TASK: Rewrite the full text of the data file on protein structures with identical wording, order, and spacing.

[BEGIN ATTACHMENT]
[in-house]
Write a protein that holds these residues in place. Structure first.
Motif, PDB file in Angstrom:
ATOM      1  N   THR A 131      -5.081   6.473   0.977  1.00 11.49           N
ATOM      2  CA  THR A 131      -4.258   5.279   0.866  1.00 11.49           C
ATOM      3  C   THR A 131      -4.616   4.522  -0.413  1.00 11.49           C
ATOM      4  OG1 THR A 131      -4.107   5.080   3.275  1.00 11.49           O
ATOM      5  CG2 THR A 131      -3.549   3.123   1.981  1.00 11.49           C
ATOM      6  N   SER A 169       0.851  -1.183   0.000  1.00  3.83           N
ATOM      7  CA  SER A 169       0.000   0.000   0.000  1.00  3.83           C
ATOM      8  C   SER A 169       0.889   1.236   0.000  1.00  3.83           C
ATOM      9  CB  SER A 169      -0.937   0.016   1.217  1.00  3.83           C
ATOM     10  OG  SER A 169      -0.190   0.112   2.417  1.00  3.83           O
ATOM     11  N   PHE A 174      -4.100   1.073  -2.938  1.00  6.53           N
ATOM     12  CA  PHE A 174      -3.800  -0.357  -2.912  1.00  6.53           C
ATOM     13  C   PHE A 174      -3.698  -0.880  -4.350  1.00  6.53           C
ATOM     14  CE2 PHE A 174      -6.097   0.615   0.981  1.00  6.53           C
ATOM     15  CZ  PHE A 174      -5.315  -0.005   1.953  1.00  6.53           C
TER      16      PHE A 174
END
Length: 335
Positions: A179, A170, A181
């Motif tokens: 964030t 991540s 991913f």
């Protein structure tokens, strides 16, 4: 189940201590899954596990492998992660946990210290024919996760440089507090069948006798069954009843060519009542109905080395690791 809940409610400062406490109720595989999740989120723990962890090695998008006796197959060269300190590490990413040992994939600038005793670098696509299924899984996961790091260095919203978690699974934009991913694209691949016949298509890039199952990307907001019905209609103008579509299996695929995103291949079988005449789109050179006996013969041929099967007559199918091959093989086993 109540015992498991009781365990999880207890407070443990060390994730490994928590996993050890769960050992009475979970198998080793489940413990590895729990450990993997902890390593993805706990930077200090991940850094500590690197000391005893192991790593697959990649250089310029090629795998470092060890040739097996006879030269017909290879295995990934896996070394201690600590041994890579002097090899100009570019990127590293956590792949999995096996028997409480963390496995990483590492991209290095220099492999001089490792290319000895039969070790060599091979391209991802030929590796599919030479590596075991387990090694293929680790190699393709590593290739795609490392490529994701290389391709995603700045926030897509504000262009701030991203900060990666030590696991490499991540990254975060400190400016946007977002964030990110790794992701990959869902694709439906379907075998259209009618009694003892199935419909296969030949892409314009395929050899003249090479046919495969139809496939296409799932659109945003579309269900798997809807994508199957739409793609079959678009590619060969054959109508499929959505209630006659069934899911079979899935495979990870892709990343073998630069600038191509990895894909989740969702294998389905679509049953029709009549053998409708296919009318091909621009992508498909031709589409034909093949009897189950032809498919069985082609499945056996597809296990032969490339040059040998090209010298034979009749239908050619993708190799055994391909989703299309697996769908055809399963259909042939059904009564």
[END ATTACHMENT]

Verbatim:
[in-house]
Write a protein that holds these residues in place. Structure first.
Motif, PDB file in Angstrom:
ATOM      1  N   THR A 131      -5.081   6.473   0.977  1.00 11.49           N
ATOM      2  CA  THR A 131      -4.258   5.279   0.866  1.00 11.49           C
ATOM      3  C   THR A 131      -4.616   4.522  -0.413  1.00 11.49           C
ATOM      4  OG1 THR A 131      -4.107   5.080   3.275  1.00 11.49           O
ATOM      5  CG2 THR A 131      -3.549   3.123   1.981  1.00 11.49           C
ATOM      6  N   SER A 169       0.851  -1.183   0.000  1.00  3.83           N
ATOM      7  CA  SER A 169       0.000   0.000   0.000  1.00  3.83           C
ATOM      8  C   SER A 169       0.889   1.236   0.000  1.00  3.83           C
ATOM      9  CB  SER A 169      -0.937   0.016   1.217  1.00  3.83           C
ATOM     10  OG  SER A 169      -0.190   0.112   2.417  1.00  3.83           O
ATOM     11  N   PHE A 174      -4.100   1.073  -2.938  1.00  6.53           N
ATOM     12  CA  PHE A 174      -3.800  -0.357  -2.912  1.00  6.53           C
ATOM     13  C   PHE A 174      -3.698  -0.880  -4.350  1.00  6.53           C
ATOM     14  CE2 PHE A 174      -6.097   0.615   0.981  1.00  6.53           C
ATOM     15  CZ  PHE A 174      -5.315  -0.005   1.953  1.00  6.53           C
TER      16      PHE A 174
END
Length: 335
Positions: A179, A170, A181
């Motif tokens: 964030t 991540s 991913f």
């Protein structure tokens, strides 16, 4: 189940201590899954596990492998992660946990210290024919996760440089507090069948006798069954009843060519009542109905080395690791 809940409610400062406490109720595989999740989120723990962890090695998008006796197959060269300190590490990413040992994939600038005793670098696509299924899984996961790091260095919203978690699974934009991913694209691949016949298509890039199952990307907001019905209609103008579509299996695929995103291949079988005449789109050179006996013969041929099967007559199918091959093989086993 109540015992498991009781365990999880207890407070443990060390994730490994928590996993050890769960050992009475979970198998080793489940413990590895729990450990993997902890390593993805706990930077200090991940850094500590690197000391005893192991790593697959990649250089310029090629795998470092060890040739097996006879030269017909290879295995990934896996070394201690600590041994890579002097090899100009570019990127590293956590792949999995096996028997409480963390496995990483590492991209290095220099492999001089490792290319000895039969070790060599091979391209991802030929590796599919030479590596075991387990090694293929680790190699393709590593290739795609490392490529994701290389391709995603700045926030897509504000262009701030991203900060990666030590696991490499991540990254975060400190400016946007977002964030990110790794992701990959869902694709439906379907075998259209009618009694003892199935419909296969030949892409314009395929050899003249090479046919495969139809496939296409799932659109945003579309269900798997809807994508199957739409793609079959678009590619060969054959109508499929959505209630006659069934899911079979899935495979990870892709990343073998630069600038191509990895894909989740969702294998389905679509049953029709009549053998409708296919009318091909621009992508498909031709589409034909093949009897189950032809498919069985082609499945056996597809296990032969490339040059040998090209010298034979009749239908050619993708190799055994391909989703299309697996769908055809399963259909042939059904009564």